United States v. Morris
39 U.S. 464

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U.S. Supreme Court

United States v. Morris, 39 U.S. 14 Pet. 464 464 (1840)

United States v. Morris

39 U.S. (14 Pet.) 464

Syllabus

Indictment under the second and third sections of the Act of Congress entitled "An act to prohibit the carrying on the Slave Trade from the United States to any foreign Place or Country," passed 10 May, 1800.

The schooner Butterfly, carrying the flag of the United States and documented as a vessel of the United States and having the usual equipments of vessels engaged in the slave trade, sailed from Havana towards the coast of Africa on 27 July, 1839. She was captured by a British brig of war and sent into Sierra Leone on suspicion of being Spanish property. At the time of the capture, Isaac Morris was in command of the vessel, and was described in the ship's papers, and described himself, as a citizen of the United States. The vessel was sent by the British authorities at Sierra Leone to be dealt with by the authorities of the United States. Held that to constitute the offense denounced, in the second section of the Act of 10 May, 1800, it was not necessary that there should have been an actual transportation or carrying of slaves in the vessel of the United States in which the party indicted served. 2. The voluntary service of an American citizen on board a vessel of the United States in a voyage commenced with intent that the vessel should be employed in the slave trade from one foreign place to another is an offense against the second section of the law, although no slaves had been transported in such vessel or received on board of her. 3. To constitute the offense under the third section of the act, it was not necessary that there should be an actual transportation of slaves in a foreign vessel on board of which the party indicted served. 4. The voluntary service of an American citizen on board a foreign vessel in a voyage commenced with intent that the vessel should be employed and made use of in the transportation of slaves from one foreign country to another is in itself, and where no slaves have been transported in such vessel or received on board of her, an offense under the third section of the act.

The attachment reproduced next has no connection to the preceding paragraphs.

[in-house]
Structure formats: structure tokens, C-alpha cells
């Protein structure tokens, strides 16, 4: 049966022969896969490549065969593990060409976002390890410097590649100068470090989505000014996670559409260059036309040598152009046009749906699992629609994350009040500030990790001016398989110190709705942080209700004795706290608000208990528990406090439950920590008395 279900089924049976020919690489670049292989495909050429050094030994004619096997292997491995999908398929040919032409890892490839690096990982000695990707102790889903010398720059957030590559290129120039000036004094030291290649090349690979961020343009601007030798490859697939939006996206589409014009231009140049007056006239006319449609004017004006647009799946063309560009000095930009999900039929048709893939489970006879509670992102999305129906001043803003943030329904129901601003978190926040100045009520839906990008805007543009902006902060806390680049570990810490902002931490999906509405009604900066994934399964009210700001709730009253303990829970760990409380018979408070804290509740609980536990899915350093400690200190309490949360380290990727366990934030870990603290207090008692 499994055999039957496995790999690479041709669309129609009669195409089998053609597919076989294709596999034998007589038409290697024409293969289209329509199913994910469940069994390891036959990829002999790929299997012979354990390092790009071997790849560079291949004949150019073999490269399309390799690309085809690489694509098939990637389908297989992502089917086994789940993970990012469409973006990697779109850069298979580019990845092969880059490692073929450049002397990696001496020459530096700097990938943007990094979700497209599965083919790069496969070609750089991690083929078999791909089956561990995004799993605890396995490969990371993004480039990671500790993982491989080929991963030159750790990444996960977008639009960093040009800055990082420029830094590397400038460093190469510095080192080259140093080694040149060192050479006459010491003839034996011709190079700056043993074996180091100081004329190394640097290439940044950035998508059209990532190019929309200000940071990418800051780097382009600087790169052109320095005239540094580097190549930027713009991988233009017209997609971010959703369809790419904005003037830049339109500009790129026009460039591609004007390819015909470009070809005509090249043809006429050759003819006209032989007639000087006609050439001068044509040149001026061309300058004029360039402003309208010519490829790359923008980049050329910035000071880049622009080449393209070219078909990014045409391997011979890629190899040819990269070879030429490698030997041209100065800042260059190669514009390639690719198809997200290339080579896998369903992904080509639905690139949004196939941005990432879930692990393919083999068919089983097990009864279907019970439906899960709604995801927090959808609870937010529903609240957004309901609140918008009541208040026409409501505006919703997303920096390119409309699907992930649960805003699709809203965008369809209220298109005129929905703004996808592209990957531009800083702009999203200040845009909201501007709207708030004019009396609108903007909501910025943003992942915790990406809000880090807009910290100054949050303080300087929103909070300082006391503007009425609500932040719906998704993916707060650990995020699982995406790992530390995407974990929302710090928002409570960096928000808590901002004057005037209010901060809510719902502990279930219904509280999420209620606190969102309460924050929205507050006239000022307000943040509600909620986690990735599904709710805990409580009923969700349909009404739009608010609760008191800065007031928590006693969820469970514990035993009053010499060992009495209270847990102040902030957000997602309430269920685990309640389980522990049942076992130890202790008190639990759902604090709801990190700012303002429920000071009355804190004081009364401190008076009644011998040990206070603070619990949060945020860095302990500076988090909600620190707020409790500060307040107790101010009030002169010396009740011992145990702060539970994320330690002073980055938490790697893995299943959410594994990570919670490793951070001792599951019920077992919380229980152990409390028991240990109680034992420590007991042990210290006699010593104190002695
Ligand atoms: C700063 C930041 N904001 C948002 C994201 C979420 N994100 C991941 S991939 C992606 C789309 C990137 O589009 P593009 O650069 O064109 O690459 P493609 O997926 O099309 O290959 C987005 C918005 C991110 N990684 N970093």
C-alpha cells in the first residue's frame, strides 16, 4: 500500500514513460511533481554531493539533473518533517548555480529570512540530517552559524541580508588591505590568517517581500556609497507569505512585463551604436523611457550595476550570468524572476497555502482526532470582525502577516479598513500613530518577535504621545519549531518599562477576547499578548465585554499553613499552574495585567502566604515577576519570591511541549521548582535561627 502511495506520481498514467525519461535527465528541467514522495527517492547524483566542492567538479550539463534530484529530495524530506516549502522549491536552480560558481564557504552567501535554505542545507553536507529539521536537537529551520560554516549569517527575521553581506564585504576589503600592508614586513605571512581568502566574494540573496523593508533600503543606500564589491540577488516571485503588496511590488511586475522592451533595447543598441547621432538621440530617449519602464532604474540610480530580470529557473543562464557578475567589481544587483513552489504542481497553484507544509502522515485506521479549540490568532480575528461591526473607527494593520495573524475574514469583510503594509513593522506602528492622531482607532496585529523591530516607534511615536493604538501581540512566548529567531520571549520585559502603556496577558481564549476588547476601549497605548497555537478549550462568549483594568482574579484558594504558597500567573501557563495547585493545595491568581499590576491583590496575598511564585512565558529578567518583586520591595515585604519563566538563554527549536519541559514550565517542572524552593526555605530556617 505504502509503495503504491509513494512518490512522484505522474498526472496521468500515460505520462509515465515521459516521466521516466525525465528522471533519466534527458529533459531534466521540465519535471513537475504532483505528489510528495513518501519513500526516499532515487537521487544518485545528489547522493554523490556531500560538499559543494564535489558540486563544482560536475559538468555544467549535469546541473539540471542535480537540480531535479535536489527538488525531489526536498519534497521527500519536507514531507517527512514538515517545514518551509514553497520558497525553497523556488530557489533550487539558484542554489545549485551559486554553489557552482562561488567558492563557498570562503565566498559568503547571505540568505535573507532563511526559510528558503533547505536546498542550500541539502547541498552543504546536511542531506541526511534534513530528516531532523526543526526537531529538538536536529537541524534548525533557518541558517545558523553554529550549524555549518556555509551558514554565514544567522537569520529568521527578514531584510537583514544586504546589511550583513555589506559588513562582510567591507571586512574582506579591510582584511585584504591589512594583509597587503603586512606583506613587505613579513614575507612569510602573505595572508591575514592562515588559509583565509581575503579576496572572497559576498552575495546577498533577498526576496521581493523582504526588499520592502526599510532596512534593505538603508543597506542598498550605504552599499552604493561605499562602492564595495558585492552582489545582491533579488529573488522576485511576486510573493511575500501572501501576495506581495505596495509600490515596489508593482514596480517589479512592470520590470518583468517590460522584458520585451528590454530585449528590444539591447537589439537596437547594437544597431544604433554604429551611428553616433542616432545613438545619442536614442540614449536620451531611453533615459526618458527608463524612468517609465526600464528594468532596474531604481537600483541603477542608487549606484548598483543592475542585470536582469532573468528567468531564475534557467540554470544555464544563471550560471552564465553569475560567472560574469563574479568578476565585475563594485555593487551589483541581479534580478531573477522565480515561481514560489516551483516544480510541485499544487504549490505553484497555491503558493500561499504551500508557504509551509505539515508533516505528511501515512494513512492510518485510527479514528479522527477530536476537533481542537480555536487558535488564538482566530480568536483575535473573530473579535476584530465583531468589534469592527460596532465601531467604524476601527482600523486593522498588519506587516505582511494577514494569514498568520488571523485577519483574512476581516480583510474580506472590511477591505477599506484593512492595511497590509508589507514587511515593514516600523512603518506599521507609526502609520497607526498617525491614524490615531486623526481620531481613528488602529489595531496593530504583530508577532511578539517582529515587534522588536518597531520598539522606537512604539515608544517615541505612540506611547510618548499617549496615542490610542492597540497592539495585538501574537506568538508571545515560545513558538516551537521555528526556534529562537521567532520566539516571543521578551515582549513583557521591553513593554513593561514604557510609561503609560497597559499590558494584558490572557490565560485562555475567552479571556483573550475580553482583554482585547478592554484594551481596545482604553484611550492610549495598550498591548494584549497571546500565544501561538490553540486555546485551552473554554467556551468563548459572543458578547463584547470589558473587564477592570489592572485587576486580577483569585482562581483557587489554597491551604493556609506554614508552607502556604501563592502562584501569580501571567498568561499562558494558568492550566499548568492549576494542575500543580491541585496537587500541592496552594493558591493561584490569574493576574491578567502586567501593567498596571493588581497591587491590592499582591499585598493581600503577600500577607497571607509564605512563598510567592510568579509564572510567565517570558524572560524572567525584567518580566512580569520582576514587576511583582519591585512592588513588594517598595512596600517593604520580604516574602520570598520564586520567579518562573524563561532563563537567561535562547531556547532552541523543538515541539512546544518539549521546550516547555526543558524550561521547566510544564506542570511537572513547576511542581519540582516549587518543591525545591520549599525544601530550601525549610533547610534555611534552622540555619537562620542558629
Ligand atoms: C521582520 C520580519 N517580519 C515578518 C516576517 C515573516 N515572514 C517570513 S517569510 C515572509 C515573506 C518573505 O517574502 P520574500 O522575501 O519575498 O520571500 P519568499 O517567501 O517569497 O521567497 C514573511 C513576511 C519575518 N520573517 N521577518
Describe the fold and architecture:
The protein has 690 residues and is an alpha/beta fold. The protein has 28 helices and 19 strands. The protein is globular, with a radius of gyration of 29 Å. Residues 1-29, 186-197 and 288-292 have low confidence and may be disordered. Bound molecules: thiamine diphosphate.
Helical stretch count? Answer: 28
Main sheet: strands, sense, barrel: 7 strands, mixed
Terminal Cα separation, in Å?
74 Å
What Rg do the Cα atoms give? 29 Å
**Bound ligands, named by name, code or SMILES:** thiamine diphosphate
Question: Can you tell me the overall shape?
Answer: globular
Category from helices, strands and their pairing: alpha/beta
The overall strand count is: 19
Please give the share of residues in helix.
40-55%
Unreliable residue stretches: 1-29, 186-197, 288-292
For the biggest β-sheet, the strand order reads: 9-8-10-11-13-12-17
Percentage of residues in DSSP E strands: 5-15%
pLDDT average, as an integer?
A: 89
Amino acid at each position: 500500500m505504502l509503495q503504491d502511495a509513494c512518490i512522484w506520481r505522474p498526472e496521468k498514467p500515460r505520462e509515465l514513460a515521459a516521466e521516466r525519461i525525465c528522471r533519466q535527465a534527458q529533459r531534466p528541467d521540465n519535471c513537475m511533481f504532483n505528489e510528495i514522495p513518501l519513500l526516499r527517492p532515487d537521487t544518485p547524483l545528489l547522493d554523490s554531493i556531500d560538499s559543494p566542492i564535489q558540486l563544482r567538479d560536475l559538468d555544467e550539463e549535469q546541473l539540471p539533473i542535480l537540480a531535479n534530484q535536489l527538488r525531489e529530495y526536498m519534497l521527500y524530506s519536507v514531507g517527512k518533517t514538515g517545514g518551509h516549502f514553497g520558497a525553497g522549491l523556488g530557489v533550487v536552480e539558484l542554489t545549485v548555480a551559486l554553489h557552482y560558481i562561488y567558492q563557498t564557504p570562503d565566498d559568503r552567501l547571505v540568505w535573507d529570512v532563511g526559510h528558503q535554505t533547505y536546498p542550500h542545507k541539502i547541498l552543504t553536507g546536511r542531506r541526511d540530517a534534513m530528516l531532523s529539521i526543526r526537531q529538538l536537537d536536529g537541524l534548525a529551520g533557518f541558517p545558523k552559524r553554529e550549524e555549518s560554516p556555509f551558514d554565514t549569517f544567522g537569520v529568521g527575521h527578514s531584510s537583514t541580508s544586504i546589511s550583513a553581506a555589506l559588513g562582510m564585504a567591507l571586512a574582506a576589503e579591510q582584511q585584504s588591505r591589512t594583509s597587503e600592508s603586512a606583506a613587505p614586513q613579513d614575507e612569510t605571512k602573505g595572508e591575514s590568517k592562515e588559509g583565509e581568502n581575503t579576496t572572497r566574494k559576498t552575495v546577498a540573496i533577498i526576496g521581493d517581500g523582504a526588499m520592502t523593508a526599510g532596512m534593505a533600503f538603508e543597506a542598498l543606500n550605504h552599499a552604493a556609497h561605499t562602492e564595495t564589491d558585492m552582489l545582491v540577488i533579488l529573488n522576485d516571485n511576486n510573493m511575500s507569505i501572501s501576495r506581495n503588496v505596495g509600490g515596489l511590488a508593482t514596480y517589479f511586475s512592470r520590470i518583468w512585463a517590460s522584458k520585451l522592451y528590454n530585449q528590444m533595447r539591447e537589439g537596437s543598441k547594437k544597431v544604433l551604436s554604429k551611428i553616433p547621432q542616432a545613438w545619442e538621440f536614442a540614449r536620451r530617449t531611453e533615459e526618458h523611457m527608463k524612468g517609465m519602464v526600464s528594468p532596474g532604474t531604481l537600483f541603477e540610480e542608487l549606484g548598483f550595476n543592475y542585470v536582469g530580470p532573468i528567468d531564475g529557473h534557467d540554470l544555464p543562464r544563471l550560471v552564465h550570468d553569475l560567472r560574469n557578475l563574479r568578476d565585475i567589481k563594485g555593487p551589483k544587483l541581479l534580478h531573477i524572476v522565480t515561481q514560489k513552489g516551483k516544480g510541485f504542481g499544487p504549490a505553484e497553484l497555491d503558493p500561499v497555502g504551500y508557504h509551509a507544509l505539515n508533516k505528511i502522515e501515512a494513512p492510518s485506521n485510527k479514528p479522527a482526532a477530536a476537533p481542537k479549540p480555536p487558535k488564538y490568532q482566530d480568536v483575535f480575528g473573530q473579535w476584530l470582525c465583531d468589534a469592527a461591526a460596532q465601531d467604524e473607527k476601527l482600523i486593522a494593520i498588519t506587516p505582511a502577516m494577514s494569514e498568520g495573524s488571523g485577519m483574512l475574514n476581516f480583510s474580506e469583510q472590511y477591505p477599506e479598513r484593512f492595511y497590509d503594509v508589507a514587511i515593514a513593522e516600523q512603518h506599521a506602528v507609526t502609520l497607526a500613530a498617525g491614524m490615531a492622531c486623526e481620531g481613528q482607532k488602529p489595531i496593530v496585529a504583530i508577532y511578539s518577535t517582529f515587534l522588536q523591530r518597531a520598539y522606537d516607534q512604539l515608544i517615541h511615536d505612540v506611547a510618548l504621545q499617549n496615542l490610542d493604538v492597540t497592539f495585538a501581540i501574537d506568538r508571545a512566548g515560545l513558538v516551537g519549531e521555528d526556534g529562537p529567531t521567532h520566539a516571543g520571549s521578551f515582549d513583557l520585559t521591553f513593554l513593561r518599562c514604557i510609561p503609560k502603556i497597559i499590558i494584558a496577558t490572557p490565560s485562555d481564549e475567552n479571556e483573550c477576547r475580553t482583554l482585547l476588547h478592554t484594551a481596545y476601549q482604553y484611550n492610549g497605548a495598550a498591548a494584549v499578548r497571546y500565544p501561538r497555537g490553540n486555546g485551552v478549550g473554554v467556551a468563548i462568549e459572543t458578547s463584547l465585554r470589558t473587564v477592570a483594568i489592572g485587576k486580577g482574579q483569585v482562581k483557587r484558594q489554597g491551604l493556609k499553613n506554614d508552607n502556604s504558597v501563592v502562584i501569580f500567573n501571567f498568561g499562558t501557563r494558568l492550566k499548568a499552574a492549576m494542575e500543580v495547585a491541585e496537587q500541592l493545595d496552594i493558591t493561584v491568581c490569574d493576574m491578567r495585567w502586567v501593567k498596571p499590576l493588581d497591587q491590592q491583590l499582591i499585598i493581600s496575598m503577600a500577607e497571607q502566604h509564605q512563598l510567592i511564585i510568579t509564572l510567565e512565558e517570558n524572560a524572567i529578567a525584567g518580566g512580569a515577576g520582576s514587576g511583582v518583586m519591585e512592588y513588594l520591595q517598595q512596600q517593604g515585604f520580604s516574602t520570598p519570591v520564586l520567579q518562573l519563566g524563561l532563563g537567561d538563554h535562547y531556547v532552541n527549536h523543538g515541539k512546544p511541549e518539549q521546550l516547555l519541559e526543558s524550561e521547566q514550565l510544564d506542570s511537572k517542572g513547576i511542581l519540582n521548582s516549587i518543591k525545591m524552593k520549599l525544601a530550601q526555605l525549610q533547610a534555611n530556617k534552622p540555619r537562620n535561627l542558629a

In expounding a penal statute, the Court certainly will not extend it beyond the plain meaning of its words, for it has been long and well settled that such statutes must be construed strictly. Yet the evident intention of the legislature ought not to be defeated by a forced and overstrict construction.

The defendant, Isaac Morris, was indicted under the second and third sections of the act entitled "An act in addition to an act entitled An act to prohibit the carrying on the Slave Trade from the United States to any foreign Place or Country,'" approved on 10 May, 1800.

The first count of the indictment charges that the defendant did, on the high seas, from 15 June until 26 August in the year 1839, voluntarily serve on board of the schooner Butterfly, a vessel of the United States employed and made use of in the transportation of slaves from some foreign country or place to some other foreign country or place, the said defendant being a citizen of the United States.

The second count charges that the defendant did, on the high seas, from 15 June to 26 August, voluntarily serve on board of the schooner Butterfly, being a foreign vessel employed in the slave trade, the defendant being a citizen of the United States.

Page 39 U. S. 465

It was proved, on the trial on the part of the prosecution that the schooner Butterfly, carrying the flag of the United States and documented as a vessel of the United States, her register being dated 24 May, 1839, and issued by the collector of New Orleans to Nathan Farnsworth, a citizen of the United States, as owner, was boarded and examined, on 26 August, 1839, on the high seas, in latitude 5

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